To know, trust, and believe that if our Lord cares for birds in such abundance, not only does He give us the greatest gift of eternal life, but every day gifts we need for Sunday or a Tuesday.

To know, trust, and believe that if our Lord clothes the flowers of the field with a greater and more glorious wardrobe than Solomon, he clothes us, not only with his righteousness in Christ, but also clothing, shoes, and all good things. 

So today, Jesus invites us to consider the birds.

Consider the birds he created and blessed on the 5thday of creation to be fruitful and multiply: to soar and sing his praises. Consider the ravens and doves he gave to Noah to scout the dry lands of the new creation after the flood. Consider the ravens he sent with food to sustain Elijah in his despair. 

Consider the ravens: they neither sow nor reap, they have neither storehouse nor barn, and yet God feeds them. Of how much more value are you than the birds! 

I love how Martin Luther illustrates this in one of his sermons. “I take my hat off to you, my dear teacher, I have to admit I don’t have the art you have. You sleep all night in your little nest without a care in the world. In the morning you leave; you’re happy and bright. You sit on a limb of a tree and sing, praise, and give thanks to God, then you fly off looking for a little kernel of grain and find it. Why haven’t I, old fool that I am, learned to do the same?”

Luther’s right. The birds put us to shame. We worry. Fret. Doubt. Despair. We have sleepless nights, churning stomachs, headaches, heart palpitations, stress, and the list goes on. 

This kind of inward focused worry and anxiety is like a cancer of the soul, consuming us from the inside, paralyzing us, disordering our lives, our eating, our drinking, our priorities. It eats away at us like rust, corroding our souls until we are nothing but a shell. 

Jesus knew His disciples’ hearts just as He knows our own. He knew that He had called them away from their fishing boats and tax collectors office. And there were probably days when they wondered aloud, “What are we going to eat today? How will we afford clothing when ours wears out?” They were following someone who had no place to lay His head, who didn’t promise them wealth and prosperity like the prosperity preachers you hear today. Jesus never promised them any of that. Instead He promised them hardship and persecutions in this life and eternal life in a kingdom that has no end.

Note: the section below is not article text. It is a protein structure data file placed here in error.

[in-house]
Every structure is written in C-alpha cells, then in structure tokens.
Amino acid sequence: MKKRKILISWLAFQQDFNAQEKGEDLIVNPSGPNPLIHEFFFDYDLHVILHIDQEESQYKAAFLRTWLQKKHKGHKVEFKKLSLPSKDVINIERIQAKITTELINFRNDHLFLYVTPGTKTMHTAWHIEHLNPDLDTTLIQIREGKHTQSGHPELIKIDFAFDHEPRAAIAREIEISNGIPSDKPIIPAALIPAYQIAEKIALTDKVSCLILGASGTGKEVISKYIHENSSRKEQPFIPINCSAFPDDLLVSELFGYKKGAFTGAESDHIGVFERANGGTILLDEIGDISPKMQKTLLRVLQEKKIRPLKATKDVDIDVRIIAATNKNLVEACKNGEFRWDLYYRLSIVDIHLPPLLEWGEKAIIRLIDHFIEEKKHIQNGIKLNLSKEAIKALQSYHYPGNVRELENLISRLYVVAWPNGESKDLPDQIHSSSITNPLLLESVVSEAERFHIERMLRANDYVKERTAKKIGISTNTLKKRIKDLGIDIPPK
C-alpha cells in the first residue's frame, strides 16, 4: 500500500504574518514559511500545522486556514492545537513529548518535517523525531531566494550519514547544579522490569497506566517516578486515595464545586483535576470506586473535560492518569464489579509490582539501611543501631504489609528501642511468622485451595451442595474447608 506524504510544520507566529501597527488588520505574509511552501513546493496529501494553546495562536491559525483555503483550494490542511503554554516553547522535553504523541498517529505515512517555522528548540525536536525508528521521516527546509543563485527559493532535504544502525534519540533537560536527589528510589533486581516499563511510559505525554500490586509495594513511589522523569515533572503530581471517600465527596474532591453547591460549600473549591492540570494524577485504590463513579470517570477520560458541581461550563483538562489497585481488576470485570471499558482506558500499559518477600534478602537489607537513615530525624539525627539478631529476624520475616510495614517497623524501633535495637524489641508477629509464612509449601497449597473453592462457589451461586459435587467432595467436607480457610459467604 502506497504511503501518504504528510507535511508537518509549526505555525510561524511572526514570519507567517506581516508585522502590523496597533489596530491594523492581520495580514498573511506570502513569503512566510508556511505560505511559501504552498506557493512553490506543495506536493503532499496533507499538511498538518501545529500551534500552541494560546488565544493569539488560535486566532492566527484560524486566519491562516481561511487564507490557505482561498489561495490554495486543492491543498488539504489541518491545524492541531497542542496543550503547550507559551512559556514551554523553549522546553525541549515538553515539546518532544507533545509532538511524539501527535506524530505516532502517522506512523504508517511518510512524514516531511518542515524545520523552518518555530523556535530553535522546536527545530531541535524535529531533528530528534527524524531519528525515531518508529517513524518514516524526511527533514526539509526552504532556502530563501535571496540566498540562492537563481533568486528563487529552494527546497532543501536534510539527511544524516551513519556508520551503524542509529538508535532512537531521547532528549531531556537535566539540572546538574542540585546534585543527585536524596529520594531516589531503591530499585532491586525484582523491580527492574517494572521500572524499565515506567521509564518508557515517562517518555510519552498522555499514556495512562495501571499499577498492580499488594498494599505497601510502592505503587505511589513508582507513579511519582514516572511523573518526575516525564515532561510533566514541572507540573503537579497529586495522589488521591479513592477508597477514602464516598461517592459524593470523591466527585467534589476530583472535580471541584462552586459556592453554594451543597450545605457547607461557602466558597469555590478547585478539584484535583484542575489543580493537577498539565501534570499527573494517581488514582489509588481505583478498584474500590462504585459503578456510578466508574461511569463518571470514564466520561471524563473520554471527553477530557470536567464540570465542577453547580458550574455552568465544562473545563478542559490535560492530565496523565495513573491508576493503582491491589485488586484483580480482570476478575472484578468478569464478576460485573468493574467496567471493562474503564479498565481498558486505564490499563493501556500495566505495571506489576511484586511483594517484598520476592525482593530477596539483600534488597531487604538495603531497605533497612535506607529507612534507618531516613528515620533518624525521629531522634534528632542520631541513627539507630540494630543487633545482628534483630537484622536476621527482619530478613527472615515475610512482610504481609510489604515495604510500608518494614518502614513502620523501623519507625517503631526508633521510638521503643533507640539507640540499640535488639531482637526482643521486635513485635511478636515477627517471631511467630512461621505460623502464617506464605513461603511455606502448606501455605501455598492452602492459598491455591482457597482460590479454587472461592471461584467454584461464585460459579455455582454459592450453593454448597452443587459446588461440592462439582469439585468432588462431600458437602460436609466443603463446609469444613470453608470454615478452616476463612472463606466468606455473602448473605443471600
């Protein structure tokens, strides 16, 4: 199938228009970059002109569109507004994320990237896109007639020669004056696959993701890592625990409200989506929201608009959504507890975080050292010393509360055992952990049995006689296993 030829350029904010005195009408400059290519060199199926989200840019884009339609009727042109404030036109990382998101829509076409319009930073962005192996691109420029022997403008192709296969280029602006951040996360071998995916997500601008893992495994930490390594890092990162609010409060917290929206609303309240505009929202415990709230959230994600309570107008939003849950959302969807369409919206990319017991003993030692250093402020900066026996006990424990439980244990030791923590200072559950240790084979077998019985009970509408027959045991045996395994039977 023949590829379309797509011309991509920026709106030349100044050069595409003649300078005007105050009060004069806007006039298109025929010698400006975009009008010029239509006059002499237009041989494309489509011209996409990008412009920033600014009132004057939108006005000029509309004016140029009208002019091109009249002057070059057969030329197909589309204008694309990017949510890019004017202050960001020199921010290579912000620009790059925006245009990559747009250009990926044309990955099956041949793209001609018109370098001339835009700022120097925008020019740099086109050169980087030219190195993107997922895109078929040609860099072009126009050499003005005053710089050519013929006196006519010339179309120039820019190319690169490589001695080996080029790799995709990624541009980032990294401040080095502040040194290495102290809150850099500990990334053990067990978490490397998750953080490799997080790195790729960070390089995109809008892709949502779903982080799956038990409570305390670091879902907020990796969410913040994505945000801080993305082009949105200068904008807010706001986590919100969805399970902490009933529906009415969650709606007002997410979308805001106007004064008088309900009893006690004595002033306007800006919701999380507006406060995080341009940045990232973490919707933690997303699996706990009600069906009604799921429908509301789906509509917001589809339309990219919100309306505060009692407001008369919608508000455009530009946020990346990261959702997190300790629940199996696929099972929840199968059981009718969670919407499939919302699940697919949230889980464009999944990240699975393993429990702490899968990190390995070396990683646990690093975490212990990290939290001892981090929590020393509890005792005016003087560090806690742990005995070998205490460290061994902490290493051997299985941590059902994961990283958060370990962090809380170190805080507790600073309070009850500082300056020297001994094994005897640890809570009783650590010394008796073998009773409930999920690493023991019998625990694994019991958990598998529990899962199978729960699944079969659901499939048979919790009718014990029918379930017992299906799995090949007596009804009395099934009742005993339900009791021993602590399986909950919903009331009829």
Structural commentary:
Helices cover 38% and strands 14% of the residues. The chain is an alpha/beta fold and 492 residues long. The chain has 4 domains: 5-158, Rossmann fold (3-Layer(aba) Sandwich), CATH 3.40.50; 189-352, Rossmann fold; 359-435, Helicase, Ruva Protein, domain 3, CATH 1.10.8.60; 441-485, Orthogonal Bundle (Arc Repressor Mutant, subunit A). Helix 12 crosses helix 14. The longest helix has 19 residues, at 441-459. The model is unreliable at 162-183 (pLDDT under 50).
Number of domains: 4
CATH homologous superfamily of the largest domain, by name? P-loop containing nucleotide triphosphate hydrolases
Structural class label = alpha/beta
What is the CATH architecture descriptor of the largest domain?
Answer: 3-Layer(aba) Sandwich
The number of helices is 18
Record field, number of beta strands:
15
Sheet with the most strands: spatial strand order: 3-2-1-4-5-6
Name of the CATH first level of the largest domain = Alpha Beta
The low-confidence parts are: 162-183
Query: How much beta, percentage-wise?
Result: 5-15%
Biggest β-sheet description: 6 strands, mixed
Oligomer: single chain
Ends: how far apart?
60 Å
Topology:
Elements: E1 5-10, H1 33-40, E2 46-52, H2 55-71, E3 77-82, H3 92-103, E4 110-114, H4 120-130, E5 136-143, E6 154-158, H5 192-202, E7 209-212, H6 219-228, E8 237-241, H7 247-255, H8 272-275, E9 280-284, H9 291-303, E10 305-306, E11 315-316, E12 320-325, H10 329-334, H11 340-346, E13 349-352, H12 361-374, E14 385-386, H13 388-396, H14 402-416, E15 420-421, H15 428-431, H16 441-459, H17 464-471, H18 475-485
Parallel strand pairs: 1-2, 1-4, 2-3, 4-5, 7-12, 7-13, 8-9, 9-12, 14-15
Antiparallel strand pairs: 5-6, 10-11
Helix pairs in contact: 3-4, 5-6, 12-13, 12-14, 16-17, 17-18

Consider the ravens, Jesus says to His anxious disciples. Look at the birds. They neither sow nor reap nor store in barns, and yet God feeds them.Yes, they spend the bulk of their day looking for food. And yes, they work their feathered tails off building nests. But in the end, they are completely dependent on their environment. “And yet God feeds them.”The hidden hand of God cares even for the birds of the air. And if He cares about the birds, how much more he cares for you. You are worth so much more than the birds.
You are worth so much to our Lord, valued so greatly and loved so deeply by him that he became - not a bird; not a flower – but man for you. Jesus became an infant, without a care in the world, born to carry our burdens, worries, and cares upon himself. Jesus came to die on a tree for you, to gather you in his arms as a hen gathers her chicks. Jesus sends the same Holy Spirit that descended upon him in the form of a dove to dwell with you. Today. Tomorrow. Forever. 
Jesus feeds us as he does the birds of the air, only better. Grain that becomes bread that is his body. Fruit that ferments and becomes wine that is his blood. Given. Shed. For you. For your forgiveness, life, and salvation – not just eternally, but presently too. Reminds me of a popular Christian symbol from the 12thcentury: a mother pelican who was thought to be attentive, to the point of piercing her own breast to feed her young when food was scarce. It’s a symbol that points us to Jesus who was pierced for us and feeds us with his body and blood in the Lord’s Supper. His kingdom which comes to you in his word, water, body and blood.
Seek his kingdom, and these things will be added to you. 
“Fear not, little flock, for it is your Father's good pleasure to give you the kingdom.
That’s the good news Jesus speaks to our anxieties and fears today. It is our Father’s good pleasure to give us the kingdom, and He works everything together for you to receive the kingdom. You have it all, thanks to Jesus. His death and life has purchased what you cannot afford. Life with God. You have His Word on it. He clothes you in Baptism; He feeds you in His Supper. You have the kingdom. And because he’s given you the big stuff, you can rest assured that he’ll care for you in the small stuff too. 
In the Name of the Father and of the + Son and of the Holy Spirit. Amen.

Monday, July 15, 2019

Sermon for Pentecost 5: "Jesus, the Good Samaritan"



+ 5thSunday after Pentecost – July 14th, 2019 +
Series C: Leviticus 18:1-5, 9-18; Colossians 1:1-14; Luke 10:25-37
Beautiful Savior Lutheran, Milton

Image result for jesus the good samaritan

In the Name of the Father and of the + Son and of the Holy Spirit. Amen. 

“All the world’s a stage, And all the men and women merely players.” 

Although Shakespeare’s famous words were written about the parts we play in various stages of human life, his words give us a helpful way to see Jesus’ parables. Jesus’ parables are a stage for God’s unexpected mercy, and Jesus’ shocking, outrageous undeserved, unmerited, and unconditional love for the lost, least, last, losers and outcast. Think of Jesus’ parables as a divine drama, where his compassion, mercy, and love are center stage.

This doesn’t mean the parables cease to be God’s Word. Quite the opposite. Jesus’ parables are God’s Word through and through. His Word taught and proclaimed and given to us with all the richness and imagination of the storyteller, the divine playwright himself, Jesus the Word of God made flesh.